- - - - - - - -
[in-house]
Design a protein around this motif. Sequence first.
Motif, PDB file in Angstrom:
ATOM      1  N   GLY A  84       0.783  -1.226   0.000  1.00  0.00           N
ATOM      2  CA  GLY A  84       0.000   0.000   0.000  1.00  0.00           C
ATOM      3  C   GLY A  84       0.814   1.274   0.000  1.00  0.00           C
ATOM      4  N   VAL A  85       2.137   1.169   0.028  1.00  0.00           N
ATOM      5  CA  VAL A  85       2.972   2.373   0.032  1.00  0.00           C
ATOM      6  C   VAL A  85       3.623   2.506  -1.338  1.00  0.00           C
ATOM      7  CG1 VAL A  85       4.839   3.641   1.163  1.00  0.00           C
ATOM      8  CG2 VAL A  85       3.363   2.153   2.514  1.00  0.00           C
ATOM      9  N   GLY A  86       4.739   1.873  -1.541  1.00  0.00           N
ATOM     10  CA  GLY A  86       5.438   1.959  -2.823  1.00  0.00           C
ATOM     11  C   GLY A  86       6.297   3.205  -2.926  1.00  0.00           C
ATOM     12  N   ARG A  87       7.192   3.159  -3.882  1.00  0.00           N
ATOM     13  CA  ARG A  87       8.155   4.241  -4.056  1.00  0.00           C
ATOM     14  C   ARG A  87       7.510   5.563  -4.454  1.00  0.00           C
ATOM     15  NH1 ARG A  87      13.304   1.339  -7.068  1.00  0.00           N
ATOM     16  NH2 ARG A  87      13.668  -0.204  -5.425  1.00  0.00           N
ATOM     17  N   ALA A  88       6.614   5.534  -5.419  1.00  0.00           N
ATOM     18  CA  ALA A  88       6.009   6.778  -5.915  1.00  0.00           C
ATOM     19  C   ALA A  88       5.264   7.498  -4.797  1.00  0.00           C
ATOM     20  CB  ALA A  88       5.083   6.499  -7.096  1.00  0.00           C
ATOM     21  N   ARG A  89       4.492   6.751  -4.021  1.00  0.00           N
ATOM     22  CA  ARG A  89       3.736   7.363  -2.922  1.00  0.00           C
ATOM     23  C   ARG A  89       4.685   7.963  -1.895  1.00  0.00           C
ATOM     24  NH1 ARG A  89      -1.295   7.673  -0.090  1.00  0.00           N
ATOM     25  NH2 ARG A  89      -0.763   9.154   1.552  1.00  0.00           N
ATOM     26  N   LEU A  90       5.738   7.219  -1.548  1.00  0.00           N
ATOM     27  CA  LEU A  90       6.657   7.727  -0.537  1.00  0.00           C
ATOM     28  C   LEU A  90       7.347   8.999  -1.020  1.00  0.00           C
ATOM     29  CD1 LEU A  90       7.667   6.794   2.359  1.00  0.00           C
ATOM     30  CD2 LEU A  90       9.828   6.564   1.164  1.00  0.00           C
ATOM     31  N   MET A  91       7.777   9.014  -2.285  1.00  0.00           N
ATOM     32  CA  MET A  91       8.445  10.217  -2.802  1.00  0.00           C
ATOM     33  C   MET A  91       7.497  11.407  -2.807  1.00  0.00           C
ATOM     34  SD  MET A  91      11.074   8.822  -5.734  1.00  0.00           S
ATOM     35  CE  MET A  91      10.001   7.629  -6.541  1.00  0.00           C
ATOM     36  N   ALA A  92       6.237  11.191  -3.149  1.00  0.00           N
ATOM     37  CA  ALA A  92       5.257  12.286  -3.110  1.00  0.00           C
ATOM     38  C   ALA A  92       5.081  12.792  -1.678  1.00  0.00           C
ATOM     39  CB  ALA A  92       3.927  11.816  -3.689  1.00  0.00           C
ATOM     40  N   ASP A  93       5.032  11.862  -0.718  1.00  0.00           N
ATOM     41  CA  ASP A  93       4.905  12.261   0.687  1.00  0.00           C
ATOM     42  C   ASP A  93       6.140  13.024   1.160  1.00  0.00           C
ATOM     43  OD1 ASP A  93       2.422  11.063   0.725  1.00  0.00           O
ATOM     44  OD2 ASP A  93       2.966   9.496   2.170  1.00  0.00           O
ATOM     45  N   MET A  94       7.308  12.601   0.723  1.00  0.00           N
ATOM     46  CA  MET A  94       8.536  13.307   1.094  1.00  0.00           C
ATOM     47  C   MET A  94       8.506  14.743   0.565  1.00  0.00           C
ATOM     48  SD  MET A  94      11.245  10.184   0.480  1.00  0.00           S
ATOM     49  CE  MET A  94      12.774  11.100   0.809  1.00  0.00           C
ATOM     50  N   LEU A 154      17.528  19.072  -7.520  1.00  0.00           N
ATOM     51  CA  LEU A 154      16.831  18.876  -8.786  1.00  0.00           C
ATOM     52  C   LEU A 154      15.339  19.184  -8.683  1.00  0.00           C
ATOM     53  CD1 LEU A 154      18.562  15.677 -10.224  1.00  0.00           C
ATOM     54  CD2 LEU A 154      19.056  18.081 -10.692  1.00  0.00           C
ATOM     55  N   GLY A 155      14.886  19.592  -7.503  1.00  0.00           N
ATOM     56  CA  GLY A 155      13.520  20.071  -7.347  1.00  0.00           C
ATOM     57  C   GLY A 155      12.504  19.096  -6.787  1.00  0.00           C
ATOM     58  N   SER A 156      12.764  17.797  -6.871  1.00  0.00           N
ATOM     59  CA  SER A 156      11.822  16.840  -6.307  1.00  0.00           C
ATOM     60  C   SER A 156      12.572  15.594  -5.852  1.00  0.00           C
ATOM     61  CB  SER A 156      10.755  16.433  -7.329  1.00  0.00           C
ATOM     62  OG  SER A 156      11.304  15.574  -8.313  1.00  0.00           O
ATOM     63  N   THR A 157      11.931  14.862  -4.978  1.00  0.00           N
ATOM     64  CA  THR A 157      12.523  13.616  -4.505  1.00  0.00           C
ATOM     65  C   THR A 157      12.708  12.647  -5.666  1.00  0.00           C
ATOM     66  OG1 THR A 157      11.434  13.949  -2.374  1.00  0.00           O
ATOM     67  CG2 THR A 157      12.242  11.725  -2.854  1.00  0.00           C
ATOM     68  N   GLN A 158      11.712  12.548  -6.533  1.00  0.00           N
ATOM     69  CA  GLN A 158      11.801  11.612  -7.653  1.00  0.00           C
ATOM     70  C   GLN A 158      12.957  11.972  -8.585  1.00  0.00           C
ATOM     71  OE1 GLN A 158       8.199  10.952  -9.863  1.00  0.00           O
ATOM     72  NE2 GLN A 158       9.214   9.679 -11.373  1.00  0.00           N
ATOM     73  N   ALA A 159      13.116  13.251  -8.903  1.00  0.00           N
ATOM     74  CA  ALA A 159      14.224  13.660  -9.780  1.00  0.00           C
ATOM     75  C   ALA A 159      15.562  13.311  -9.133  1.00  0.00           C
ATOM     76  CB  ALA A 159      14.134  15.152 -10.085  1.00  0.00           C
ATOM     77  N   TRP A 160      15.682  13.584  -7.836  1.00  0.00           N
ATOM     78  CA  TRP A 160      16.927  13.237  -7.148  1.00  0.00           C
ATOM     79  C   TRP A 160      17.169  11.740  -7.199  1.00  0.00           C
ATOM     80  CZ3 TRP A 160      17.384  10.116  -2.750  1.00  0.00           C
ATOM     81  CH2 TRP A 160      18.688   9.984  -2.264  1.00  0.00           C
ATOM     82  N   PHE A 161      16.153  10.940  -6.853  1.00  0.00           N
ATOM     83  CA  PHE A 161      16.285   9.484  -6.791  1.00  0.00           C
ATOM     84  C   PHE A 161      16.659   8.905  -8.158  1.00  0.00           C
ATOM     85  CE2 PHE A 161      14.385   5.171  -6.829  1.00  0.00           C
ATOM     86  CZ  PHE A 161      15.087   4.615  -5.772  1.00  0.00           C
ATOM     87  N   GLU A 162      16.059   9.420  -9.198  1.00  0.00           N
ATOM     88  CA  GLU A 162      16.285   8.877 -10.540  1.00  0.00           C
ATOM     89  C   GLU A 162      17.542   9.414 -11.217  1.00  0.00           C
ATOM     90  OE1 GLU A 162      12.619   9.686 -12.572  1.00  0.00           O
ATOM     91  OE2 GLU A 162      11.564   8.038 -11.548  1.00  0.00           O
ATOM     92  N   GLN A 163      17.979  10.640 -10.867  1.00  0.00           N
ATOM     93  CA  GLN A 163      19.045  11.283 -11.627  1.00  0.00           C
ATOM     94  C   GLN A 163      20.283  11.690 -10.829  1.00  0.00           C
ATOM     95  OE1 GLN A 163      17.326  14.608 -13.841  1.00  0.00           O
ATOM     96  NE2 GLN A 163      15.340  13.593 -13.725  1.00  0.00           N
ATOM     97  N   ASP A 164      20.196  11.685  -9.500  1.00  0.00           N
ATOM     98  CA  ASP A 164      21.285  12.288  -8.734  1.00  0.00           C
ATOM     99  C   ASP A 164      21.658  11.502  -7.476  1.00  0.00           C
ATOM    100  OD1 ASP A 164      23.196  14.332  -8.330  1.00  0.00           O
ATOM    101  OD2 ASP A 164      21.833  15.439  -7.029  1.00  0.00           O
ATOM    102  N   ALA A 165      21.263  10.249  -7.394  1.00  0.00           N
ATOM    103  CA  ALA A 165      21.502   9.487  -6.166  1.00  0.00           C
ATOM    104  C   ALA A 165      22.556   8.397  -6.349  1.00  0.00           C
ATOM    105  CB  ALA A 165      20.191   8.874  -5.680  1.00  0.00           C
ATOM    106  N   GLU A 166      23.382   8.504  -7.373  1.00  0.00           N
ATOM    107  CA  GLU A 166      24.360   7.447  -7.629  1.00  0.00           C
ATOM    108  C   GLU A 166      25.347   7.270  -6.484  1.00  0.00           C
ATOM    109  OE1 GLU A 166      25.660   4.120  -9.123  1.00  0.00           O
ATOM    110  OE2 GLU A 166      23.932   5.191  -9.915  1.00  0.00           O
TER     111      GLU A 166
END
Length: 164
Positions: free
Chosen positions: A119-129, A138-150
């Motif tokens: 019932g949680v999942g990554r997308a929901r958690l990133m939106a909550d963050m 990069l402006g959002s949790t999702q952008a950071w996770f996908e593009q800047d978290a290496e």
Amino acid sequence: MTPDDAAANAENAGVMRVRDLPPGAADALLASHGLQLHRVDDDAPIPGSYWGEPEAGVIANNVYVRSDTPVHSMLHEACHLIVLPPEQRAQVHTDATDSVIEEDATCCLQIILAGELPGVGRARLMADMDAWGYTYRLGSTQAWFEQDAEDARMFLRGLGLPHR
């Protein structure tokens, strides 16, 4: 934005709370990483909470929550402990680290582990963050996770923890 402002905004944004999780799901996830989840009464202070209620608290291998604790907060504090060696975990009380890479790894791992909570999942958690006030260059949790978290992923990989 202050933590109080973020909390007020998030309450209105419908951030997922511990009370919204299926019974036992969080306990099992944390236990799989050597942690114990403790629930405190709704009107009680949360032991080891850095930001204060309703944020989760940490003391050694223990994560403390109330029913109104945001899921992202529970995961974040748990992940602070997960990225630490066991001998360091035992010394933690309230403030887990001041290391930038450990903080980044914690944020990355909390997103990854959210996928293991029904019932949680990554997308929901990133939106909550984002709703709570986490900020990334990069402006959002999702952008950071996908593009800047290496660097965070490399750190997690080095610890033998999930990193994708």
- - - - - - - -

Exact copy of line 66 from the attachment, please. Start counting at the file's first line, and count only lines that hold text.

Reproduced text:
ATOM     63  N   THR A 157      11.931  14.862  -4.978  1.00  0.00           N